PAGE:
A midline skin incision was used in conventional TLIF. The fascia was incised and the paravertebral muscles were dissected from the spine. Radiographs were used to check the appropriate level. Bilateral pedicle screw rod constructs were inserted and laminectomy and unilateral facetectomy was then performed at that level. This was followed by unilateral anulotomy, discectomy, and placement of the interbody graft. Similar to the minimal TLIF approach, cartilaginous material was removed from the endplates using the endplate scraper. Interbody graft was then placed anteriorly and contralateral to the annulotomy within the interbody space. For posteriorlateral arthodesis, local autogenous bone with or without bone extenders was used for bone grafting. The wound was copiously irrigated and closed in layers.

5. Statistical analysis

SPSS software for Windows (SPSS Inc., Chicago, IL, USA) was used throughout, and statistical significance was accepted for p values of <0.050. Data were analyzed using the student, student paired t-test, and chi-square test.

RESULTS

The demographic data between conventional and minimal TLIF were not different (Table 1). All the cases were followed up more than 12 months. Slip percentage was reduced from 15.00±6.66% to 8.33±5.31% in conventional TLIF, and from 14.15±3.76% to 9.62±5.42% in minimal TLIF (Table 2). In both groups, slip percentage was significantly improved postoperatively (p=0.002), but no significant intergroup differences of slip percentage in preoperative and postoperative were found (Table 3). The reduction rate also not different between conventional (45.41±28.80%) and minimal TLIF (32.91±32.12%, p=0.318). No neurologic complications were encountered. There were no signs of instrumentation failure and no visible subsidence of the cages until 12 months follow-up periods. All patients had their symptoms significantly improved, and the VAS decreased from 7.00±2.69 before operation to 3.11±1.86 at 12 months after operation in conventional TLIF, and from 7.14±3.15 before operation to 3.52±2.24 at 12 months after operation in minimal TLIF (Table 3). The clinical outcome was not correlated with reduction rate (p=0.341).

Demographic date between convention and minimal TLIF with pedicle screw fixation

Comparison result of preoperative and postoperative slip grade

Preoperative and postoperative clinical and radiologic result

DISCUSSION

The advent of minimally invasive surgery had provided surgeons new techniques for treating clinical disease7). Minimally invasive spine surgery aims to reduce approach related morbidity, while producing clinical outcomes comparable to its open predecessors7). One important example of this is the development of minimally invasive techniques for lumbar inter-body fusion, including TLIF2,7). The minimal invasive TLIF technique, has displayed comparable outcomes to conventional TLIF, while adding the benefits of less approach related morbidity, decreased intraoperative blood loss, and shorter hospital stays9,11). However, critics of the technique have noted that the minimal TLIF has longer operative times and exposes patients to increased fluoroscopic radiation. Over the past decade minimal TLIF has been shown to have a number of benefits, especially with regard to perioperative outcomes. However, it may have its own unique challenges and potential morbidity. Ultimately, comparing the known literature of a conventional TLIF approach to published reports on minimal TLIF will identify the unique risks and benefits associated with each.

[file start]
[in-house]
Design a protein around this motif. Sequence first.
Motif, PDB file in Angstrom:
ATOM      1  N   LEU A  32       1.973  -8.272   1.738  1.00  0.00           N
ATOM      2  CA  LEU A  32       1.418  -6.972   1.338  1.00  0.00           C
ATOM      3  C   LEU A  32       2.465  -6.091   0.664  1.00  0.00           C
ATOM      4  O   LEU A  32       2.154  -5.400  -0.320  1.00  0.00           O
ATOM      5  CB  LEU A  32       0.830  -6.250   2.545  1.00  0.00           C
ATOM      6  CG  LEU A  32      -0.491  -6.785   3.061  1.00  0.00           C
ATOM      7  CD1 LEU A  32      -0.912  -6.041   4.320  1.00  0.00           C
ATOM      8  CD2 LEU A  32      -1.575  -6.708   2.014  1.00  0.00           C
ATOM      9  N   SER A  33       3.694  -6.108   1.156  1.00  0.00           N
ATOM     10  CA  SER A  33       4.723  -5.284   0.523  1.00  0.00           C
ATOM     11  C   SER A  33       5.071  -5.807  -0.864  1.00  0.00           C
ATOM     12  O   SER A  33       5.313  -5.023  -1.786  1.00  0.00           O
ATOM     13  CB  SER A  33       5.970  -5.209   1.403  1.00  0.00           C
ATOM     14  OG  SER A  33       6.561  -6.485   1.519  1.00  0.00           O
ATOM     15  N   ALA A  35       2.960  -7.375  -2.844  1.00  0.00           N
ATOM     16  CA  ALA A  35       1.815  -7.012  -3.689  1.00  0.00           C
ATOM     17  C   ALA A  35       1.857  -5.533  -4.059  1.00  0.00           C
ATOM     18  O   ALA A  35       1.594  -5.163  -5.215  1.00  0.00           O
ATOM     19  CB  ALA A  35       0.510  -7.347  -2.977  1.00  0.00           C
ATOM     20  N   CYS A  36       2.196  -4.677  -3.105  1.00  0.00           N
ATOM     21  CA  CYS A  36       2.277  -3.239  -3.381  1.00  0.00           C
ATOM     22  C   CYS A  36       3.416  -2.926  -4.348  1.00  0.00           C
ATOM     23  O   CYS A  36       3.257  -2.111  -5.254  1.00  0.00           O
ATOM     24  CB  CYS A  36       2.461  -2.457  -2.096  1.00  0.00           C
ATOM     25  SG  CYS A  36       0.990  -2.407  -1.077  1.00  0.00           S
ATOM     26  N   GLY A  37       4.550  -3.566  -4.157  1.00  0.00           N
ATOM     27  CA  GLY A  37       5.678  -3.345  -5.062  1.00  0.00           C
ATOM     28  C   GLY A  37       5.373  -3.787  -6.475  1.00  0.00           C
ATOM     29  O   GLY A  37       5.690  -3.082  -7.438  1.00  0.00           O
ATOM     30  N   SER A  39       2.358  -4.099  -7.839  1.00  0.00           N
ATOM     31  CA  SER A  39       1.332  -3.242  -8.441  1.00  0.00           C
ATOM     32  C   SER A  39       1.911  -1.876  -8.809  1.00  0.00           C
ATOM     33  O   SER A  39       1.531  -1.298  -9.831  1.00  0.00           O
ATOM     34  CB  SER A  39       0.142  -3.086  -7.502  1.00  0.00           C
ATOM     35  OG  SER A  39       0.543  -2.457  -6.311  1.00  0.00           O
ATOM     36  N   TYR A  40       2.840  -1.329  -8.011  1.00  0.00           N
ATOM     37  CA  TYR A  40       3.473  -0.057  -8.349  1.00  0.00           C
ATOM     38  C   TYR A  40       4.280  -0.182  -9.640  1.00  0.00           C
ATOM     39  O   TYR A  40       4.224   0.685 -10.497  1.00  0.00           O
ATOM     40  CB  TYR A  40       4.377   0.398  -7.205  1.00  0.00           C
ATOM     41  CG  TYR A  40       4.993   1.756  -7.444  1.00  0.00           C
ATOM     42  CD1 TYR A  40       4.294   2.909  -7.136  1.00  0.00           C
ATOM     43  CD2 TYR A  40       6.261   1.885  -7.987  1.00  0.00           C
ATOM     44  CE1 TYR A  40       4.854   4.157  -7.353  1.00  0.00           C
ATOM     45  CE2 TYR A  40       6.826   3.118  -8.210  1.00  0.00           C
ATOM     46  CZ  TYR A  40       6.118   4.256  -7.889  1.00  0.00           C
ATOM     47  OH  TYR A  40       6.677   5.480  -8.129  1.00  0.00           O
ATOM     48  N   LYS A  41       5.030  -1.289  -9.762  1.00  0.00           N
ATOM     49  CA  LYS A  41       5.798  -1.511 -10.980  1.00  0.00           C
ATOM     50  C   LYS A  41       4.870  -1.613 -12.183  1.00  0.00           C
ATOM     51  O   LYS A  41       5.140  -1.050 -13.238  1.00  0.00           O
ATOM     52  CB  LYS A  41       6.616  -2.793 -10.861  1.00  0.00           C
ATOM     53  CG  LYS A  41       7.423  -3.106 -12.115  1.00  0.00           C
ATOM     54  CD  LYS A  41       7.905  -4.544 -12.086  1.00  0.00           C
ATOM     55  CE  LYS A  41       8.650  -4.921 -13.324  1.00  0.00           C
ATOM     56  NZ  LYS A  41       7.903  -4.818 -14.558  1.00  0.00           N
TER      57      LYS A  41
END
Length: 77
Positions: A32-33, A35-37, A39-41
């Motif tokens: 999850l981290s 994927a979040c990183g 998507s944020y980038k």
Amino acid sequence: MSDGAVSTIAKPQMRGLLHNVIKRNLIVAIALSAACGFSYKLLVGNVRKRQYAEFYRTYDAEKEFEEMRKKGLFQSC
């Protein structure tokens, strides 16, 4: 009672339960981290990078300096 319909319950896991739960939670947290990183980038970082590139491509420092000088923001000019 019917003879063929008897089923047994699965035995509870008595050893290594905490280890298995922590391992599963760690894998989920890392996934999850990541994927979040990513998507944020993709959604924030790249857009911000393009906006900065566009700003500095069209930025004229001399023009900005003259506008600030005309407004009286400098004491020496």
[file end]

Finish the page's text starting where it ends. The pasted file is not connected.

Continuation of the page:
Generally, clinical result between conventional and minimal TLIF were reported the similar or superior result in minimal invasive technique4,5,17). All preoperative parameters except the operation time were superior in minimal TLIF than the conventional TLIF4,5,17,18,20). Most article were concluded to similar the overall complication rate in two methods2,4,5,7,12,20). But, all authors reported that radiation hazard is less effective in minimal TLIF, and concluded the main disadvantage of minimal TLIF4,5,17). In radiological study, although many reported using the different criteria about the bone fusion, but all reported studies concluded the fusion rate between two TLIF technique is similar17,18). But, the comparisonal data slip reduction in patients with low-grade spondylolisthesis is lack of data, yet. In this study, the authors compared the slip reduction rate between two different unilateral TLIF with pedicle screw fixation for treatment of one level low-grade symptomatic isthmic spondylolisthesis. To best knowledge to authors, this comparison is not published in literature yet, although the size of data was not sufficient to show the conclusive statistical evidence.